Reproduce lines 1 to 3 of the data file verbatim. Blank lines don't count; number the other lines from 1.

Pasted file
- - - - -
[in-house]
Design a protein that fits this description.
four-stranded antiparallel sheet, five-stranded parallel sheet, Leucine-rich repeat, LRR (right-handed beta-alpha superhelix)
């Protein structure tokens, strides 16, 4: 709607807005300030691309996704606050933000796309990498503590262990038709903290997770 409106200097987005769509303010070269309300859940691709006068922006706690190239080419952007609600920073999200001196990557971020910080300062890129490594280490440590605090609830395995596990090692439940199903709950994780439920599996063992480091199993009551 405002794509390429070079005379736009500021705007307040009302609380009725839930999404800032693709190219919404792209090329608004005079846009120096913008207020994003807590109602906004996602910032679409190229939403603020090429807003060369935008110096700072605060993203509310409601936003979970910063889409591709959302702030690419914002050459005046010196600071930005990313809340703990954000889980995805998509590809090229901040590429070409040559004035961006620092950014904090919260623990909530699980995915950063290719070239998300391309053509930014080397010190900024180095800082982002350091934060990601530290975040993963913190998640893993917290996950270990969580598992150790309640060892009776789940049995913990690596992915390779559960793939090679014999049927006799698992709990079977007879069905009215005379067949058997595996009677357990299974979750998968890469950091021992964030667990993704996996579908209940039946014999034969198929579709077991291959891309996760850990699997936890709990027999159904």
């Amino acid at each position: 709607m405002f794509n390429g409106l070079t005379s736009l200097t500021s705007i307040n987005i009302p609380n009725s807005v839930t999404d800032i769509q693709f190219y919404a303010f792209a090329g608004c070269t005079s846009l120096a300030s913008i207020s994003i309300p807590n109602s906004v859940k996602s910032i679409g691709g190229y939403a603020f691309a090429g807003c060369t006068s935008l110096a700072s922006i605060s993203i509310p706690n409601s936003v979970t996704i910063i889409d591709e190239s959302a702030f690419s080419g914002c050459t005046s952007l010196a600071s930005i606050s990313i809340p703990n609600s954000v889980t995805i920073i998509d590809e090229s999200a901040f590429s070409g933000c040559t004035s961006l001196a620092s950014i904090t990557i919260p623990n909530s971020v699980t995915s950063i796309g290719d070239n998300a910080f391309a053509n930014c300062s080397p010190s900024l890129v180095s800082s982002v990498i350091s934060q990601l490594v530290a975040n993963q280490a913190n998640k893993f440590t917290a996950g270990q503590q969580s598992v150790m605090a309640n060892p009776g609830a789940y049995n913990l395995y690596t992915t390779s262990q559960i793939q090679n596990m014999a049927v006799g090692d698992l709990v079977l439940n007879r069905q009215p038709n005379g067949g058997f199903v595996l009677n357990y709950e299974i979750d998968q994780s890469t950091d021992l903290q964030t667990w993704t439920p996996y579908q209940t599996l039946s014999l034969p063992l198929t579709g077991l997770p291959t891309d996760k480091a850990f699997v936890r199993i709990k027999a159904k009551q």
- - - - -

[in-house]
Design a protein that fits this description.
four-stranded antiparallel sheet, five-stranded parallel sheet, Leucine-rich repeat, LRR (right-handed beta-alpha superhelix)